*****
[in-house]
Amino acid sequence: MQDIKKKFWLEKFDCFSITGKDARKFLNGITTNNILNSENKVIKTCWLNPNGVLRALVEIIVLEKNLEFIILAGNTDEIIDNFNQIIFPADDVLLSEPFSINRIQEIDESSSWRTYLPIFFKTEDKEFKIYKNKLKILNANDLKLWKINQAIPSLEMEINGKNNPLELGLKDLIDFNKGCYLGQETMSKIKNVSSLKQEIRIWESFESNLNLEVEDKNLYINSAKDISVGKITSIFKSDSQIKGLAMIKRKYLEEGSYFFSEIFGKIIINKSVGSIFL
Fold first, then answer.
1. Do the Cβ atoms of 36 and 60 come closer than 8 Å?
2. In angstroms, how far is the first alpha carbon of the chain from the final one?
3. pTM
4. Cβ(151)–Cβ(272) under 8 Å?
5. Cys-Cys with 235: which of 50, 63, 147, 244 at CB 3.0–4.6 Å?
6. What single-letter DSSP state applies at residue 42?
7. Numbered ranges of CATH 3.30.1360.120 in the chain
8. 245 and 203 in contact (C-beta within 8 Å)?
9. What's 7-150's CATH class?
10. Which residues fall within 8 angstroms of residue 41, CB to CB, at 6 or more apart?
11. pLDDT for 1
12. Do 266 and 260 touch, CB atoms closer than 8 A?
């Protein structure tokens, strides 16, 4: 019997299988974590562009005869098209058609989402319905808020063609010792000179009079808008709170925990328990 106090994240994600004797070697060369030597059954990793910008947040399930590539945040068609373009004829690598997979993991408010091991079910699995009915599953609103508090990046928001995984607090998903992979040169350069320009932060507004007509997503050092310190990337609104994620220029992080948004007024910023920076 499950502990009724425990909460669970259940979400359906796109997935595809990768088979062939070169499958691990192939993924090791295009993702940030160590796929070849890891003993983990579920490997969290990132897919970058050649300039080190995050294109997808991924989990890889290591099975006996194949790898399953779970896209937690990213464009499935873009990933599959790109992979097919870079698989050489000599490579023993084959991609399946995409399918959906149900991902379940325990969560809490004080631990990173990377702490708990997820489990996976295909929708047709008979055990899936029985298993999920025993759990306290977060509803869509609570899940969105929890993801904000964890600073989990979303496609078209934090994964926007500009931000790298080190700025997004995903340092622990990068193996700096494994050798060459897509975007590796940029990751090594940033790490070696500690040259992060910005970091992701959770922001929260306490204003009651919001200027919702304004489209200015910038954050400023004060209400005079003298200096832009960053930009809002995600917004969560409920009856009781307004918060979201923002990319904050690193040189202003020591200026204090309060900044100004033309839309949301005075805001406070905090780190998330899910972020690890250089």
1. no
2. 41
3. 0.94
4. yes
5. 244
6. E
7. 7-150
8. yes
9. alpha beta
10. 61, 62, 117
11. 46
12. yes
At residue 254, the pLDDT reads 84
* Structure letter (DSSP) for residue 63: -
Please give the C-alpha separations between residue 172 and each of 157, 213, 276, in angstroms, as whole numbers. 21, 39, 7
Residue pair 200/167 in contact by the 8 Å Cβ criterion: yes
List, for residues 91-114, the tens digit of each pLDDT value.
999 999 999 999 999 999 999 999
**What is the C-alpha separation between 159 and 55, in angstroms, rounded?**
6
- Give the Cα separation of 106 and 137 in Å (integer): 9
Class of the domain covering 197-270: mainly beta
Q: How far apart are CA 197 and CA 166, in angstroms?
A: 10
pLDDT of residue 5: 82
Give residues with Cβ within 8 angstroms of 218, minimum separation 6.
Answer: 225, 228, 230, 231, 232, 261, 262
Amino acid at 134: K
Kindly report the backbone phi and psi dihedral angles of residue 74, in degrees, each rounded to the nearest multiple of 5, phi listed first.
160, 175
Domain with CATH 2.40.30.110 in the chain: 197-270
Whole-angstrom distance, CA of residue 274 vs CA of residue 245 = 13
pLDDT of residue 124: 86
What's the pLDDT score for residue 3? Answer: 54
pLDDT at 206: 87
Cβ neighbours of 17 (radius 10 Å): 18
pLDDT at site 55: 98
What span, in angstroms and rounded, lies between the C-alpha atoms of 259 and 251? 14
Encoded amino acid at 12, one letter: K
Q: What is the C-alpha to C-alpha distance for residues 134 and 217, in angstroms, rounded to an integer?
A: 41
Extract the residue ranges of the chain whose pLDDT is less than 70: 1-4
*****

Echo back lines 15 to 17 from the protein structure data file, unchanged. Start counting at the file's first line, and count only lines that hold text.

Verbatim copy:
12. Do 266 and 260 touch, CB atoms closer than 8 A?
């Protein structure tokens, strides 16, 4: 019997299988974590562009005869098209058609989402319905808020063609010792000179009079808008709170925990328990 106090994240994600004797070697060369030597059954990793910008947040399930590539945040068609373009004829690598997979993991408010091991079910699995009915599953609103508090990046928001995984607090998903992979040169350069320009932060507004007509997503050092310190990337609104994620220029992080948004007024910023920076 499950502990009724425990909460669970259940979400359906796109997935595809990768088979062939070169499958691990192939993924090791295009993702940030160590796929070849890891003993983990579920490997969290990132897919970058050649300039080190995050294109997808991924989990890889290591099975006996194949790898399953779970896209937690990213464009499935873009990933599959790109992979097919870079698989050489000599490579023993084959991609399946995409399918959906149900991902379940325990969560809490004080631990990173990377702490708990997820489990996976295909929708047709008979055990899936029985298993999920025993759990306290977060509803869509609570899940969105929890993801904000964890600073989990979303496609078209934090994964926007500009931000790298080190700025997004995903340092622990990068193996700096494994050798060459897509975007590796940029990751090594940033790490070696500690040259992060910005970091992701959770922001929260306490204003009651919001200027919702304004489209200015910038954050400023004060209400005079003298200096832009960053930009809002995600917004969560409920009856009781307004918060979201923002990319904050690193040189202003020591200026204090309060900044100004033309839309949301005075805001406070905090780190998330899910972020690890250089």
1. no